After dipping below $4 in anticipation of a bearish natural gas storage injection in Thursday morning’s report for the week ending March 19, confirmation that 11 Bcf was injected last week — two weeks earlier than normal — dropped April natural gas futures even lower before the contract closed at $3.981, down 12.4 cents from Wednesday’s close.

The April contract put in a low of $3.972 but was hovering around $4.010 just prior to the 10:30 a.m. EDT release by the Energy Information Administration (EIA). Immediately following the news, the front-month contract dropped to $3.952, and after a short-lived rebound of a few pennies dropped to a new low for the move of $3.940. The last time front-month futures traded lower than Thursday was back in late September 2009.

With $4 breached, a number of traders say the next target is $3.820, which represents a 61.8% retracement of the September-to-January move higher (see Daily GPI, March 25).

Commenting on the 11 Bcf storage build, one New York broker looked into his crystal ball to forecast the storage report for the week ending March 26. “From where I’m sitting, next Thursday’s storage report number is obvious,” he sarcastically said. “The last three weeks we’ve had draws of 111 Bcf and 11 Bcf followed by an 11 Bcf build, so next week it only makes sense that we’ll see a 111 Bcf build.”

In all seriousness, the broker told NGI that this year’s early switch to injections is foreboding for the bulls’ case. “Gas going back into the ground two weeks ahead of schedule could have some people redrawing their price support lines,” he said. “We’ll have to see whether returning demand can claim some of this gas.”

Citi Futures Perspective analyst Tim Evans called the injection “expected,” but he noted that the number was bearish when matched with historical comparisons and marks an early, bearish start to the storage injection season.

“We might get a try for a ‘sell the rumor and buy the news’ rally now that the figure is known, but with more bearish data forecast for the next two reports and no particular weather support the basis for a rally seems limited,” Evans said. “April options expiration on Friday and April futures on Monday will be the next focus.”

The 11 Bcf injection was just larger than most industry expectations. Going into the report a Reuters survey of 27 industry players produced a range of expectations from a 13 Bcf draw to a 25 Bcf build with an average expectation of a 9 Bcf build. Bentek Energy was projecting an injection of 10 Bcf.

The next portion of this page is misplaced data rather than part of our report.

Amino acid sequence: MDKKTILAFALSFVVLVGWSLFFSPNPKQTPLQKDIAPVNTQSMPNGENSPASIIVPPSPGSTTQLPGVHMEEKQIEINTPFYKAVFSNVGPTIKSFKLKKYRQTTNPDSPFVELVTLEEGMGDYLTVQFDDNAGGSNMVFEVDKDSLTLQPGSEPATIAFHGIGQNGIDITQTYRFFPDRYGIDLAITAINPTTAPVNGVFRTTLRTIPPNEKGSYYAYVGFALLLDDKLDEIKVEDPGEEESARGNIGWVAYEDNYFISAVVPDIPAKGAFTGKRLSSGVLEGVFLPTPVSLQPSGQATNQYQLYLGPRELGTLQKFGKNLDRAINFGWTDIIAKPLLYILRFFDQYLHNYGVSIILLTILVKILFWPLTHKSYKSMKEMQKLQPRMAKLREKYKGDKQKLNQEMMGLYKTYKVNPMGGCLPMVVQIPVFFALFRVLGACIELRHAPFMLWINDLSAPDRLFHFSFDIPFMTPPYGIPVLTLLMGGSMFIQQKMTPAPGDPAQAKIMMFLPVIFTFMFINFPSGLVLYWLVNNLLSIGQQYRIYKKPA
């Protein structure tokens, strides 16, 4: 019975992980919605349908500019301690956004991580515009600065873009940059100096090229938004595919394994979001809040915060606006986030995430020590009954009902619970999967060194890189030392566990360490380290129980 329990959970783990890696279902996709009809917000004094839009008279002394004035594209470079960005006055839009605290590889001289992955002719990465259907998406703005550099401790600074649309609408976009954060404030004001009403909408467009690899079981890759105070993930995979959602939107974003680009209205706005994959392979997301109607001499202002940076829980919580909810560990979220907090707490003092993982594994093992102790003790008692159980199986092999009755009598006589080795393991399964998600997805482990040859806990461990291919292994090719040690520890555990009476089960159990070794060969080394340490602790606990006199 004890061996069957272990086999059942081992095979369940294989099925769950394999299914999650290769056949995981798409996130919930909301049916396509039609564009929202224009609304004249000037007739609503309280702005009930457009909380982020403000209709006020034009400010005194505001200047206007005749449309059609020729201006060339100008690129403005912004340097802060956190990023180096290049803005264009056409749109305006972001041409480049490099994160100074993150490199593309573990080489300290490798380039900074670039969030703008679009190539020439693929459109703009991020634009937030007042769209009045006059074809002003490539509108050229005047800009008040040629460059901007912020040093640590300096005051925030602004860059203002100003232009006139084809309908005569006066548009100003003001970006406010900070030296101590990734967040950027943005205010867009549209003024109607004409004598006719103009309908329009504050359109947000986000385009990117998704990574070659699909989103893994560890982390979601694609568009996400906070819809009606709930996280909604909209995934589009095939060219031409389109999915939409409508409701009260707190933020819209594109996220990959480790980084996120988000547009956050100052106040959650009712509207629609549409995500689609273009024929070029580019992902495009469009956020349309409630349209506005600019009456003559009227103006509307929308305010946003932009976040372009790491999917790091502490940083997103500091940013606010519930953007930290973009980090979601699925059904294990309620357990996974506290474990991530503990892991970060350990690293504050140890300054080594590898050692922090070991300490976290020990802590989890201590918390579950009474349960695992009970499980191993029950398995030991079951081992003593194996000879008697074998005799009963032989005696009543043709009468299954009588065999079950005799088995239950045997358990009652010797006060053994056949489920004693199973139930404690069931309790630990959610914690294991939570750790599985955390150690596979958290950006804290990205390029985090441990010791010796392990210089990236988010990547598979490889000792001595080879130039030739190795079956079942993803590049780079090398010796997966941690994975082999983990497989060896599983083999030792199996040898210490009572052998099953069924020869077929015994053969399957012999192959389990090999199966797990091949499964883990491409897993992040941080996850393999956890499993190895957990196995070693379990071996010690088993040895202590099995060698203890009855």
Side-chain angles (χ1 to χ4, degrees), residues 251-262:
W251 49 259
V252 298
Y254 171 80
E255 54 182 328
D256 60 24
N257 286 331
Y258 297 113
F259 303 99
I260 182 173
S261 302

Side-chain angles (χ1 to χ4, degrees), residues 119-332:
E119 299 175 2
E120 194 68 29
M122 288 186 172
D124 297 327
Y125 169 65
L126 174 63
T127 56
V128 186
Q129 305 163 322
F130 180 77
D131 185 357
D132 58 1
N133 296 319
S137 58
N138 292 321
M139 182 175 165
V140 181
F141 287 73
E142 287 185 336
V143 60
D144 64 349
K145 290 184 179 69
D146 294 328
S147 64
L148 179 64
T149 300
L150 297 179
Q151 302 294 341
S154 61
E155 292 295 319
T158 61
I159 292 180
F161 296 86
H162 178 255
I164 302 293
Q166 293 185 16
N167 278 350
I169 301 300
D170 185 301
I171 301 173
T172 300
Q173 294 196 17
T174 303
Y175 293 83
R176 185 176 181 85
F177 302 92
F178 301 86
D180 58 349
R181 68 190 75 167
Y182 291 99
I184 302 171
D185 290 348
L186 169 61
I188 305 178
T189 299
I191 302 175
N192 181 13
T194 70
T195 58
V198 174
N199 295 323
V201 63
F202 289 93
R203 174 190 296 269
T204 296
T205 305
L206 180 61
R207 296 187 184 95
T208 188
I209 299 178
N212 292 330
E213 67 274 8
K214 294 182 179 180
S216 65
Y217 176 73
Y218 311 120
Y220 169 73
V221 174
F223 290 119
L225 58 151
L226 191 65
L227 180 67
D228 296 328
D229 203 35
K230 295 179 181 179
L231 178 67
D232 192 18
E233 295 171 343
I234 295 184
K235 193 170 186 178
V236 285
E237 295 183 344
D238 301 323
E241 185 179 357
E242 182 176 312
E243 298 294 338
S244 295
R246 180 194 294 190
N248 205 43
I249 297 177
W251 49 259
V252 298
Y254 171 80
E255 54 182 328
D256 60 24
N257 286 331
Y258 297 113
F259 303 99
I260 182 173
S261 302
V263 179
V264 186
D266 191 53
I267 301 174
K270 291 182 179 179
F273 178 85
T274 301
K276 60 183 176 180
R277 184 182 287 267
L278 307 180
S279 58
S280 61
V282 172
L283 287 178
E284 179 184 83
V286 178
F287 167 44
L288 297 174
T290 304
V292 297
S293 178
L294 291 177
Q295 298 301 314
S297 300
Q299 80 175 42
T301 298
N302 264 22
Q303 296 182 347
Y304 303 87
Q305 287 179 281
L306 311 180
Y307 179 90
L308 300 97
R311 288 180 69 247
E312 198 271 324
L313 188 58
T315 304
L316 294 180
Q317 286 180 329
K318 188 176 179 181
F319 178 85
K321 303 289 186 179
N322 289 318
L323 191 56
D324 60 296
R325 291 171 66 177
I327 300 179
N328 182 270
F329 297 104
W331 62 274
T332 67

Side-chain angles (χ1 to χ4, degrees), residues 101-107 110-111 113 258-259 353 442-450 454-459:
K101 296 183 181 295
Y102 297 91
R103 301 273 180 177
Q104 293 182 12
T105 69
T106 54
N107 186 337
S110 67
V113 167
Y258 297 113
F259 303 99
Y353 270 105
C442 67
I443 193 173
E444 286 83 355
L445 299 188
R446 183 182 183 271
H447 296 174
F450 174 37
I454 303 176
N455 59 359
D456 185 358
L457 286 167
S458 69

The actual 11 Bcf build was especially bearish when compared to last year’s date-adjusted 2 Bcf draw and the five-year average draw of 36 Bcf.

As of March 19, working gas in storage stood at 1,626 Bcf, according to EIA estimates. Stocks are now only 28 Bcf less than last year at this time, but 121 Bcf above the five-year average of 1,505 Bcf. For the week the East Region withdrew 10 Bcf while the Producing and West regions switched over to injections with builds of 19 Bcf and 2 Bcf, respectively.

The weekly EIA report is the only real-time supply demand data available to the industry, and it is useful as far as it goes, but it doesn’t reveal how much of a shift in the balance is due to supply or demand factors. “That gas has to be coming from somewhere. Supplies are increasing, and as the rig count has moved up, we are indeed getting more molecules out of the ground,” said Kyle Cooper, managing director of IAF Advisors in Houston.

“From what I am looking at, demand is not all that bad, at least from a year ago. It’s not great, but it has improved a bit, so I don’t see it as a demand-loss situation; it is coming from the supply side. It’s not Canadian imports and it’s not LNG [liquefied natural gas] imports, so it has to be domestic.

“The way I segment the data it looks like mostly all the increase in demand is residential and commercial, with a small bit of electrical generation,” Cooper said. “Industrial demand is still quite weak.” He suggested that the greater demand from the residential and commercial segment came not from increased use of natural gas resulting from factors such as residential construction, but from “more people not working and staying at home.”

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